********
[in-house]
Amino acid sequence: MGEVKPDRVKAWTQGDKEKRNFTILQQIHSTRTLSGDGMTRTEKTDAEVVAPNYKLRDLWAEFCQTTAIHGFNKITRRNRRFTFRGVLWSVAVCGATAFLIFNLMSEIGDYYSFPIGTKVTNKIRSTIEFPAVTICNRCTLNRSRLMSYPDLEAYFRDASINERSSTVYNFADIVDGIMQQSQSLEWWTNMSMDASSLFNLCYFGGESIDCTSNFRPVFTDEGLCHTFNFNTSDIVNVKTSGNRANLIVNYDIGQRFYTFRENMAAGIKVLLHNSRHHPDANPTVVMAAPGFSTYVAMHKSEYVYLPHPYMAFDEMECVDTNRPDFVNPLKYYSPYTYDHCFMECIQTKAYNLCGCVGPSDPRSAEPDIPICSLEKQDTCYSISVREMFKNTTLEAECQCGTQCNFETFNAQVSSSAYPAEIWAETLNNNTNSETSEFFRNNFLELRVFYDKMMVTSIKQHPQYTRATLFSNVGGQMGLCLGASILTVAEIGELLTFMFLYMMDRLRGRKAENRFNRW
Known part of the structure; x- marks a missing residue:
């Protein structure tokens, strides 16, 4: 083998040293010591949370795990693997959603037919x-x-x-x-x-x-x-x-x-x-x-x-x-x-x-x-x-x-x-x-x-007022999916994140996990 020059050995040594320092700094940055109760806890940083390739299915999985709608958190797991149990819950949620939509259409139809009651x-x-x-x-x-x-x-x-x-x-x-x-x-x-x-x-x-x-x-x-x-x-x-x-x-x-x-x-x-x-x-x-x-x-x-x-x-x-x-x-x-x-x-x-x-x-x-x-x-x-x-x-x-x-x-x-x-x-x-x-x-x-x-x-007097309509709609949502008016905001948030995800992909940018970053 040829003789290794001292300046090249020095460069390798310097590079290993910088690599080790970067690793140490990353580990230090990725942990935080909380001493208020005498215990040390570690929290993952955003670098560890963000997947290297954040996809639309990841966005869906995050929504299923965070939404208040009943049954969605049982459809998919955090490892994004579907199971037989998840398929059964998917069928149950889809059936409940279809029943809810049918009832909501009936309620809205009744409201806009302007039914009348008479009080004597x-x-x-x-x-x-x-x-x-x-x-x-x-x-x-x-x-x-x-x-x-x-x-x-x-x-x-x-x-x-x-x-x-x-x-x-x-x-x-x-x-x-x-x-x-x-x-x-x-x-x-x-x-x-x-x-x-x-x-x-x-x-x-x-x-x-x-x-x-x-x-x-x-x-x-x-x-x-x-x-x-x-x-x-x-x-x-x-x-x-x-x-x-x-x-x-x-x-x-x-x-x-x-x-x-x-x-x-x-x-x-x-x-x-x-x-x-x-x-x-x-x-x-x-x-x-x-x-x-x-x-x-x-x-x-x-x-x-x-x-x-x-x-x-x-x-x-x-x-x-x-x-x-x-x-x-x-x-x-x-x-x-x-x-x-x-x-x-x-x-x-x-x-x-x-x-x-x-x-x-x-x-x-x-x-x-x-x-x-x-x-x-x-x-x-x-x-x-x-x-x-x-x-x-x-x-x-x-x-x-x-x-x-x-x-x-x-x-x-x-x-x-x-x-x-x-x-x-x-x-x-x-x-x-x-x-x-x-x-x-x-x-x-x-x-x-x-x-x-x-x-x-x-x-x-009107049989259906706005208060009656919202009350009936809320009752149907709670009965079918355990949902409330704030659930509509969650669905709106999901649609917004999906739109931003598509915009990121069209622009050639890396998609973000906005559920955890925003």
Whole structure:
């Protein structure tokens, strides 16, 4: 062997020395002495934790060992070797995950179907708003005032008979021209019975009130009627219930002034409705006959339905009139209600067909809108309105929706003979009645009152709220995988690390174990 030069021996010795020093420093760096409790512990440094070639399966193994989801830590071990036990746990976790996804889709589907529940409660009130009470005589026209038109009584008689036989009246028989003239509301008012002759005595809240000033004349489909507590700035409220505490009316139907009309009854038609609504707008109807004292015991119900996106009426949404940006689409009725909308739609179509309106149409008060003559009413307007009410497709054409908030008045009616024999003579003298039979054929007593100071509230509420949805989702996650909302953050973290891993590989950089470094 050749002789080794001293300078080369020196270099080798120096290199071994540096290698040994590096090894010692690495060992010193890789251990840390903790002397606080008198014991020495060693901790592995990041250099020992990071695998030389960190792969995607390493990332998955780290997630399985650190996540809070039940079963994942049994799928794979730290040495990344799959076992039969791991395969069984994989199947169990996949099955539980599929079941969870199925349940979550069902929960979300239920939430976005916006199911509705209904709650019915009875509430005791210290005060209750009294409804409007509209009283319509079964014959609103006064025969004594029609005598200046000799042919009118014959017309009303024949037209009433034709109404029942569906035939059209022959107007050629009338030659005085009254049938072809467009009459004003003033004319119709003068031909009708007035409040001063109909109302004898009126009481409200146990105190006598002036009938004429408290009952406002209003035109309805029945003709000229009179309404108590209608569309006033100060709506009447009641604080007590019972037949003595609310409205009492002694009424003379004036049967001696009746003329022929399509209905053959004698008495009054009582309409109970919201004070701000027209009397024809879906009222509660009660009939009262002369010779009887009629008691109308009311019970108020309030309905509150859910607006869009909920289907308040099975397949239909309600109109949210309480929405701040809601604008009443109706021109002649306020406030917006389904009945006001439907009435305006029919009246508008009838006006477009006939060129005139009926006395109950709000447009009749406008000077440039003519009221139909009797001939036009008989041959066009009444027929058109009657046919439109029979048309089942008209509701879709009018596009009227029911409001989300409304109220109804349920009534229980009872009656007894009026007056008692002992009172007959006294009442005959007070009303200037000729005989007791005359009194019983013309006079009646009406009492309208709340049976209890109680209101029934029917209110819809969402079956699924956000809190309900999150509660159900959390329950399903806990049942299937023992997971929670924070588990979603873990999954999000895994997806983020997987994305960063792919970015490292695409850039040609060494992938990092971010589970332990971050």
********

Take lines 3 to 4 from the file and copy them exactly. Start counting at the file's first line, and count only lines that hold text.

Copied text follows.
Known part of the structure; x- marks a missing residue:
């Protein structure tokens, strides 16, 4: 083998040293010591949370795990693997959603037919x-x-x-x-x-x-x-x-x-x-x-x-x-x-x-x-x-x-x-x-x-007022999916994140996990 020059050995040594320092700094940055109760806890940083390739299915999985709608958190797991149990819950949620939509259409139809009651x-x-x-x-x-x-x-x-x-x-x-x-x-x-x-x-x-x-x-x-x-x-x-x-x-x-x-x-x-x-x-x-x-x-x-x-x-x-x-x-x-x-x-x-x-x-x-x-x-x-x-x-x-x-x-x-x-x-x-x-x-x-x-x-007097309509709609949502008016905001948030995800992909940018970053 040829003789290794001292300046090249020095460069390798310097590079290993910088690599080790970067690793140490990353580990230090990725942990935080909380001493208020005498215990040390570690929290993952955003670098560890963000997947290297954040996809639309990841966005869906995050929504299923965070939404208040009943049954969605049982459809998919955090490892994004579907199971037989998840398929059964998917069928149950889809059936409940279809029943809810049918009832909501009936309620809205009744409201806009302007039914009348008479009080004597x-x-x-x-x-x-x-x-x-x-x-x-x-x-x-x-x-x-x-x-x-x-x-x-x-x-x-x-x-x-x-x-x-x-x-x-x-x-x-x-x-x-x-x-x-x-x-x-x-x-x-x-x-x-x-x-x-x-x-x-x-x-x-x-x-x-x-x-x-x-x-x-x-x-x-x-x-x-x-x-x-x-x-x-x-x-x-x-x-x-x-x-x-x-x-x-x-x-x-x-x-x-x-x-x-x-x-x-x-x-x-x-x-x-x-x-x-x-x-x-x-x-x-x-x-x-x-x-x-x-x-x-x-x-x-x-x-x-x-x-x-x-x-x-x-x-x-x-x-x-x-x-x-x-x-x-x-x-x-x-x-x-x-x-x-x-x-x-x-x-x-x-x-x-x-x-x-x-x-x-x-x-x-x-x-x-x-x-x-x-x-x-x-x-x-x-x-x-x-x-x-x-x-x-x-x-x-x-x-x-x-x-x-x-x-x-x-x-x-x-x-x-x-x-x-x-x-x-x-x-x-x-x-x-x-x-x-x-x-x-x-x-x-x-x-x-x-x-x-x-x-x-x-x-x-009107049989259906706005208060009656919202009350009936809320009752149907709670009965079918355990949902409330704030659930509509969650669905709106999901649609917004999906739109931003598509915009990121069209622009050639890396998609973000906005559920955890925003």